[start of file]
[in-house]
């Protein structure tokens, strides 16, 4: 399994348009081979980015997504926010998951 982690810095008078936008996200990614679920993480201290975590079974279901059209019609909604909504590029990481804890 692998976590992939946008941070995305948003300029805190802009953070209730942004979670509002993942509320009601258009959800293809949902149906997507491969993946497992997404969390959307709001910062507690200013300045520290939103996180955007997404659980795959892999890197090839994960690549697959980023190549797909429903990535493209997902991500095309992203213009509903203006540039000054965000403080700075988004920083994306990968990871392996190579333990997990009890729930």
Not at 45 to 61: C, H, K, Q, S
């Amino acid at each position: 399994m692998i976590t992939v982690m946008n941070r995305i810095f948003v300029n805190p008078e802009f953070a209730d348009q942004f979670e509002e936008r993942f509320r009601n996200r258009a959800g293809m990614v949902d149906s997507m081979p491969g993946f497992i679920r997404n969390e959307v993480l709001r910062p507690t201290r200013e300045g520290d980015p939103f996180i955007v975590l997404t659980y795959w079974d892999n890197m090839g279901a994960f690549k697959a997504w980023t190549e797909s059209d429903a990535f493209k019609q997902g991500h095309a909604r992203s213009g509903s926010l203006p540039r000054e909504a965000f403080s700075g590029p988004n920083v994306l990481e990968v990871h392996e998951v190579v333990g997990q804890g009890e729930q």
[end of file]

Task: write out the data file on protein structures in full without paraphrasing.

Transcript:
[in-house]
């Protein structure tokens, strides 16, 4: 399994348009081979980015997504926010998951 982690810095008078936008996200990614679920993480201290975590079974279901059209019609909604909504590029990481804890 692998976590992939946008941070995305948003300029805190802009953070209730942004979670509002993942509320009601258009959800293809949902149906997507491969993946497992997404969390959307709001910062507690200013300045520290939103996180955007997404659980795959892999890197090839994960690549697959980023190549797909429903990535493209997902991500095309992203213009509903203006540039000054965000403080700075988004920083994306990968990871392996190579333990997990009890729930």
Not at 45 to 61: C, H, K, Q, S
């Amino acid at each position: 399994m692998i976590t992939v982690m946008n941070r995305i810095f948003v300029n805190p008078e802009f953070a209730d348009q942004f979670e509002e936008r993942f509320r009601n996200r258009a959800g293809m990614v949902d149906s997507m081979p491969g993946f497992i679920r997404n969390e959307v993480l709001r910062p507690t201290r200013e300045g520290d980015p939103f996180i955007v975590l997404t659980y795959w079974d892999n890197m090839g279901a994960f690549k697959a997504w980023t190549e797909s059209d429903a990535f493209k019609q997902g991500h095309a909604r992203s213009g509903s926010l203006p540039r000054e909504a965000f403080s700075g590029p988004n920083v994306l990481e990968v990871h392996e998951v190579v333990g997990q804890g009890e729930q």